Italy's Global Market Impact The widening political crisis in Italy sent stock prices falling around the world this week, though the market has begun to rebound. Rachel Martin talks with economic analyst Philip Suttle.
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Italy's Global Market Impact

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Italy's Global Market Impact

Italy's Global Market Impact

Italy's Global Market Impact

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The widening political crisis in Italy sent stock prices falling around the world this week, though the market has begun to rebound. Rachel Martin talks with economic analyst Philip Suttle.

RACHEL MARTIN, HOST:

Italy has had its fair share of political crises. But this week, turmoil there rattled financial markets around the world. Stock prices took a nosedive Tuesday before regaining ground yesterday. But could there be more volatility ahead? Let's ask Philip Suttle. He was head of global currency research for JPMorgan, and he joins us in our studios. Thanks so much for coming in this morning.

PHILIP SUTTLE: Good morning, Rachel.

MARTIN: So granted, Italy is the third-biggest country in the eurozone, third biggest economy in the EU. But still, how were its political problems able to spook markets so much?

SUTTLE: Well, what we're really looking at here is another one of these problems related to the issue of the euro. Italy is now the poster child for the country that doesn't work within the eurozone. For a number of years, the focus was on Greece. Greece had many more difficult problems. It was a really big challenge. But now attention has shifted to Italy. And the economic difficulties there translated into a big political problem. So we now have a populist government looming in Italy.

MARTIN: A populist government that has suggested - at least by extension of one person who has been floated to be part of the government - that Italy should pull out of the eurozone.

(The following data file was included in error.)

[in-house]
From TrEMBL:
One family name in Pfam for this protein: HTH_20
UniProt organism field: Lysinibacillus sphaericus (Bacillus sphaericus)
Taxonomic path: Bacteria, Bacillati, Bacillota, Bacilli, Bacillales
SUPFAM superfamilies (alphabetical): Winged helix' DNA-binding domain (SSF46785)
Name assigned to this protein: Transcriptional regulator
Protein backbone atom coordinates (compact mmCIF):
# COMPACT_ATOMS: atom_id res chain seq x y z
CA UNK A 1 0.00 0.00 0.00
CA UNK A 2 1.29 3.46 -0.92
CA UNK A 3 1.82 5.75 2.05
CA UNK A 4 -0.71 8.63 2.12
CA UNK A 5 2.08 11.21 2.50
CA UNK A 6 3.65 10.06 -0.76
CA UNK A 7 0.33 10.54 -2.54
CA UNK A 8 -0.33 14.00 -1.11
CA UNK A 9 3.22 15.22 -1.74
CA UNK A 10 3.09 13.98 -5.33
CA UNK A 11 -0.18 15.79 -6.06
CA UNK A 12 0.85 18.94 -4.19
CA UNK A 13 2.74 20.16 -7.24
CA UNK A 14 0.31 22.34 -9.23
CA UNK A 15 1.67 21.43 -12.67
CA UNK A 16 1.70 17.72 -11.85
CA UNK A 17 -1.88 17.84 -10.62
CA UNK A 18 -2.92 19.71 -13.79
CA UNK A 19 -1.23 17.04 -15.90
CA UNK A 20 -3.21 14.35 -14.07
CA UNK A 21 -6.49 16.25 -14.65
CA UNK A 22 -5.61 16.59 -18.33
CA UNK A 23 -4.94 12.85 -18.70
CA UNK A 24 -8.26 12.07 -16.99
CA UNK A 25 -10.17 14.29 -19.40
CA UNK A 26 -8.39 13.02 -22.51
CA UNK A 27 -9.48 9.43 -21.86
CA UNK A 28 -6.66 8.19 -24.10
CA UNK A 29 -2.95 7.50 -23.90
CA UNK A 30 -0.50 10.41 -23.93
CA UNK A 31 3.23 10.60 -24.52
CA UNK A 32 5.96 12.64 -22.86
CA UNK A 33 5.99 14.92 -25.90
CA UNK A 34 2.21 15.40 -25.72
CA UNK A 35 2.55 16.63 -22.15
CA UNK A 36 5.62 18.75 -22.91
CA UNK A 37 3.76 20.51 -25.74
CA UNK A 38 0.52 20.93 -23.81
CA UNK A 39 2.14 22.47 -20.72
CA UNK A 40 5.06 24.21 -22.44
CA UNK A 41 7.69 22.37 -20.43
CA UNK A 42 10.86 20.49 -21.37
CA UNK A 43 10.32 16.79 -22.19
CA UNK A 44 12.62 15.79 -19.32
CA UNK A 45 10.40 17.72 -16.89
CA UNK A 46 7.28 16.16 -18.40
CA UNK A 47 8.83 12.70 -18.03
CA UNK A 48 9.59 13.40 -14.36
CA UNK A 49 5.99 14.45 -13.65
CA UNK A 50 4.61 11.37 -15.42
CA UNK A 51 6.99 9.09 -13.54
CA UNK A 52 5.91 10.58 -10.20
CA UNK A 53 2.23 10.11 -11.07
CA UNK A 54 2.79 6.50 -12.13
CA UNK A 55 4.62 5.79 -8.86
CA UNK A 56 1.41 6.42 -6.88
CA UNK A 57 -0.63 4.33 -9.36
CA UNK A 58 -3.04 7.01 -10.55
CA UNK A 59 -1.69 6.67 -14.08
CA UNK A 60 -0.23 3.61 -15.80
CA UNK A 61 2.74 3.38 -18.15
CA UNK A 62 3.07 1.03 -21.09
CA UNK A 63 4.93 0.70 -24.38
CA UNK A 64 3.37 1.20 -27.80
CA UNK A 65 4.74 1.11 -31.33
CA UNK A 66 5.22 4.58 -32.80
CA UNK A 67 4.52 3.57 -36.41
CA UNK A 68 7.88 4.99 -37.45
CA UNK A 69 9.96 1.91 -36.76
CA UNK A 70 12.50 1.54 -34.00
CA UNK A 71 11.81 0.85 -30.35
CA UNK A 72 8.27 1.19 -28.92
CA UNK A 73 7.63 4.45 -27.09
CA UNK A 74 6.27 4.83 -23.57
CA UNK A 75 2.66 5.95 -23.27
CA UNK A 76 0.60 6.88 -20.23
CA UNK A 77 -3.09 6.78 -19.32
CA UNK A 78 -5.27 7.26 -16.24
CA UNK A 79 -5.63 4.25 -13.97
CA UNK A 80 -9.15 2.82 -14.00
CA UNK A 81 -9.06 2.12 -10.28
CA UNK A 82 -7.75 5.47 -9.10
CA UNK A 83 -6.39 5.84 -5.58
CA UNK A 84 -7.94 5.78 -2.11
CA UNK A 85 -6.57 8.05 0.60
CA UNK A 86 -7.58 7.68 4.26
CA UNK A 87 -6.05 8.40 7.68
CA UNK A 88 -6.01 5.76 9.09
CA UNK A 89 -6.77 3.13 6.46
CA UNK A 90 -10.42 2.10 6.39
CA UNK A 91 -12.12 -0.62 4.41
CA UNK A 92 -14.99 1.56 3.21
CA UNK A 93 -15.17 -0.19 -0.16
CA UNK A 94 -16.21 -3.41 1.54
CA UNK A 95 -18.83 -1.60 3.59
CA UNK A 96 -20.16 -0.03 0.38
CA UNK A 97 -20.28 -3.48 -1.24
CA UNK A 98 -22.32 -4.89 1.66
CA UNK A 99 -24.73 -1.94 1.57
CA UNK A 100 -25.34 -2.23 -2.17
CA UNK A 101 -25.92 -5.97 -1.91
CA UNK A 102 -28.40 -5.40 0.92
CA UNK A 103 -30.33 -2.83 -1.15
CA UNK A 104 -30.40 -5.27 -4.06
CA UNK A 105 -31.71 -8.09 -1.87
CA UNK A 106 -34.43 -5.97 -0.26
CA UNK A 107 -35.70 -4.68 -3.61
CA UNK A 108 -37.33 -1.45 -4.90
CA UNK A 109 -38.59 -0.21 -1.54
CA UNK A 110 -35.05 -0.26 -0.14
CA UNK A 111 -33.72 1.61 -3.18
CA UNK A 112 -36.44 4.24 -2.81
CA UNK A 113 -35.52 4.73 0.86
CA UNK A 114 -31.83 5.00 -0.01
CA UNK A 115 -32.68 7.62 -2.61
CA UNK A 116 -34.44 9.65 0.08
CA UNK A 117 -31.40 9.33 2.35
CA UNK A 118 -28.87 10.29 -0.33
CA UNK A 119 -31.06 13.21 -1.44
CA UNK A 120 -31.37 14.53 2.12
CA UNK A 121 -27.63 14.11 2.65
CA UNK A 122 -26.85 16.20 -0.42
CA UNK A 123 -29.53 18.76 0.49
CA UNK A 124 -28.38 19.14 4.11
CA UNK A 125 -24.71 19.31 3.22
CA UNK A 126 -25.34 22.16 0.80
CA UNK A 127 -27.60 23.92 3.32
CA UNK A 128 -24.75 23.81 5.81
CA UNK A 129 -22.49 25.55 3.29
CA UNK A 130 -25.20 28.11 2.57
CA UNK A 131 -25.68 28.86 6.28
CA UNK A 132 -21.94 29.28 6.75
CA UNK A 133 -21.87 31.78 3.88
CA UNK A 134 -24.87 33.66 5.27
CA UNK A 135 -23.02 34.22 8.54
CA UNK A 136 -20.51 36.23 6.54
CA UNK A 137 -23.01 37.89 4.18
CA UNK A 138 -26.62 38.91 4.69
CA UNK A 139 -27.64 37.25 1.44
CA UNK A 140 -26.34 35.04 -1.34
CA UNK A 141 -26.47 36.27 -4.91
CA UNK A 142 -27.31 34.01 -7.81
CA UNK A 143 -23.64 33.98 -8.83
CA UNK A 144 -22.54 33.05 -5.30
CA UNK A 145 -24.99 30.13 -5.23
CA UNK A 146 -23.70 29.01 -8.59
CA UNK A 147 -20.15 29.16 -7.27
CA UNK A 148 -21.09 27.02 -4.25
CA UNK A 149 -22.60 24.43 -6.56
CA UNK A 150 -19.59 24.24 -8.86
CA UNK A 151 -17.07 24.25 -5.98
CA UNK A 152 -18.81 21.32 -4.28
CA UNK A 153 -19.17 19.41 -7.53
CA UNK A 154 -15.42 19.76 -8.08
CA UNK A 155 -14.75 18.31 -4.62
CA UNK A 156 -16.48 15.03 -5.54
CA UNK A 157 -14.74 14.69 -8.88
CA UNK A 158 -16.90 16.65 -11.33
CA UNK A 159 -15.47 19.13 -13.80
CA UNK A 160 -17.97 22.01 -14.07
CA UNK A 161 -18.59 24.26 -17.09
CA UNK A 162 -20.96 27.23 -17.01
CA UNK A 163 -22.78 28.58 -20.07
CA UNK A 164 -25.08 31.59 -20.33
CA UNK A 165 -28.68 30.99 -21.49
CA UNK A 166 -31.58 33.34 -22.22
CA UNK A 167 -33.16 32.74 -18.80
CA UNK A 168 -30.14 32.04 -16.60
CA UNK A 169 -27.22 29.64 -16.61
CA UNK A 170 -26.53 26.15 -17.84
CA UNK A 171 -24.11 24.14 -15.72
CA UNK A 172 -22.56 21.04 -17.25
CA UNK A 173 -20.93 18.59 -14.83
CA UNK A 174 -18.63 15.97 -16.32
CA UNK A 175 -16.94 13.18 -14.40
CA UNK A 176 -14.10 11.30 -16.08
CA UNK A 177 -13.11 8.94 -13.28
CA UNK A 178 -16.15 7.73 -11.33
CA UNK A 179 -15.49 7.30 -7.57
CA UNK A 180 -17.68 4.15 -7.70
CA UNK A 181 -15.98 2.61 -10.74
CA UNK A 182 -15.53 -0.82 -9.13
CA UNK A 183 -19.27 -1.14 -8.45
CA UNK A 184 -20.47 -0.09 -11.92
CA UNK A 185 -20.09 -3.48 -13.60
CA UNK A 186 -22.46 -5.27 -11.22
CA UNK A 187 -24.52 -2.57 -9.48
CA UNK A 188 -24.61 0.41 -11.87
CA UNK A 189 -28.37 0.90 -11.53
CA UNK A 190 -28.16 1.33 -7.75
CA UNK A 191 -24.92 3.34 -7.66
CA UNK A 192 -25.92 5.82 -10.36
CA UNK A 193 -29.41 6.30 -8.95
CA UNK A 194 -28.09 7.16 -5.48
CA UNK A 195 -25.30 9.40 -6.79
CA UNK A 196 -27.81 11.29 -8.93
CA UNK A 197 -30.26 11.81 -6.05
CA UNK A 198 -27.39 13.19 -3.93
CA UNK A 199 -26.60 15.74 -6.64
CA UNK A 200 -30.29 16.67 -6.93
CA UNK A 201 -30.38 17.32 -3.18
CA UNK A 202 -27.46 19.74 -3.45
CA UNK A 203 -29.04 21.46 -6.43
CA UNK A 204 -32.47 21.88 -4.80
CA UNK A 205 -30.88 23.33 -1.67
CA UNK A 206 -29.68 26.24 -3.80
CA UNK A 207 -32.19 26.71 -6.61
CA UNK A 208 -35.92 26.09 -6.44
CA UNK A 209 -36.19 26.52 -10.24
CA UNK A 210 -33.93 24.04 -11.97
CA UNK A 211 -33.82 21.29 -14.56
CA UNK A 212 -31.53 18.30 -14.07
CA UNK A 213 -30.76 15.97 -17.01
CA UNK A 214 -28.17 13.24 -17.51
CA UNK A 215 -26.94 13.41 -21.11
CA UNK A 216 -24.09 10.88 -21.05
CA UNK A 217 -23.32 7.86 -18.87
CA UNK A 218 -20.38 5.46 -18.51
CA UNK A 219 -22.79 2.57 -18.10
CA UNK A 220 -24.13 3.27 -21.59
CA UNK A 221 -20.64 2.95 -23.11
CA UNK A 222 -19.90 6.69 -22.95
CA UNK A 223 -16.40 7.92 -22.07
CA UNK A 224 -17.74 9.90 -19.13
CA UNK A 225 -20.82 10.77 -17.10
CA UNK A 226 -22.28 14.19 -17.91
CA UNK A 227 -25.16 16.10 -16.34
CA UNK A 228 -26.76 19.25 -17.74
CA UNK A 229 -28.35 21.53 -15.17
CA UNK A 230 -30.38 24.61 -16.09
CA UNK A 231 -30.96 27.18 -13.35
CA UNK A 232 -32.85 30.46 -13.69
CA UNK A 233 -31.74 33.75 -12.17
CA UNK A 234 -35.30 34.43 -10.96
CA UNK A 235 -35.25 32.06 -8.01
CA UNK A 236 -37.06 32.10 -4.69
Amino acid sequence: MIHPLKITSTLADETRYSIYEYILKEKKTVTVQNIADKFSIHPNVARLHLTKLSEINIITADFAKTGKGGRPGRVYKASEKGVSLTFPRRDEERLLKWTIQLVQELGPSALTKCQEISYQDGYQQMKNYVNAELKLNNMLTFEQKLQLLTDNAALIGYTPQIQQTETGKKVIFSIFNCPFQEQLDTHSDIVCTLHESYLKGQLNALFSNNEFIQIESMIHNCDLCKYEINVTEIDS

SUTTLE: Well, to be fair, none of the people who are likely to take over are explicitly saying we should pull out. It's just not clear what they're saying. What they're really saying is we want to do things to gin up growth. We need to do things to gin up growth. And it's hard to see how they do that while keeping within the eurozone rules. So we seem to be heading for some kind of collision here through the summer months.

MARTIN: Walk us through why this matters if you're a consumer in the U.S., an investor in the U.S.

SUTTLE: Well, I think the biggest issue is it affects financial markets and financial volatility. So most of us, in some way or another, have some exposure to the stock market. As you mentioned earlier, as we saw earlier in this week, it had a lot of volatility - first down, then back up - from turmoil in Italian and broader European markets. So this - there's, I think, a real sense here in which we could see the financial markets globally being affected by such a big country as Italy having problems.

Of course, the other channel is through the exchange rate. The dollar's gone up by about 6 percent against the euro since these difficulties have begun to unfold. So that not only makes imports from Europe cheaper and holidays in Europe cheaper but it also affects companies in the U.S. doing business with European competition.

MARTIN: The Federal Reserve here in the U.S. has been raising interest rates rather steadily. If there is more political turmoil in Italy and in Europe more broadly, how could it affect how the Fed decides to move forward?

SUTTLE: Well, it's clearly going to - it's caught the Fed's attention, I think it's fair to say. The Fed will tighten in June. I think everyone accepts that. But the next move, which everyone thought would come in September, I think, now looks a little more in question given the potential for market volatility through the summer months as this turmoil plays out.

MARTIN: All right. Philip Suttle - he was the head of global currency research for JPMorgan, talking about the political crises in Italy and how it's been affecting financial markets around the world.

Mr. Suttle, thanks so much.

SUTTLE: Thanks a lot.

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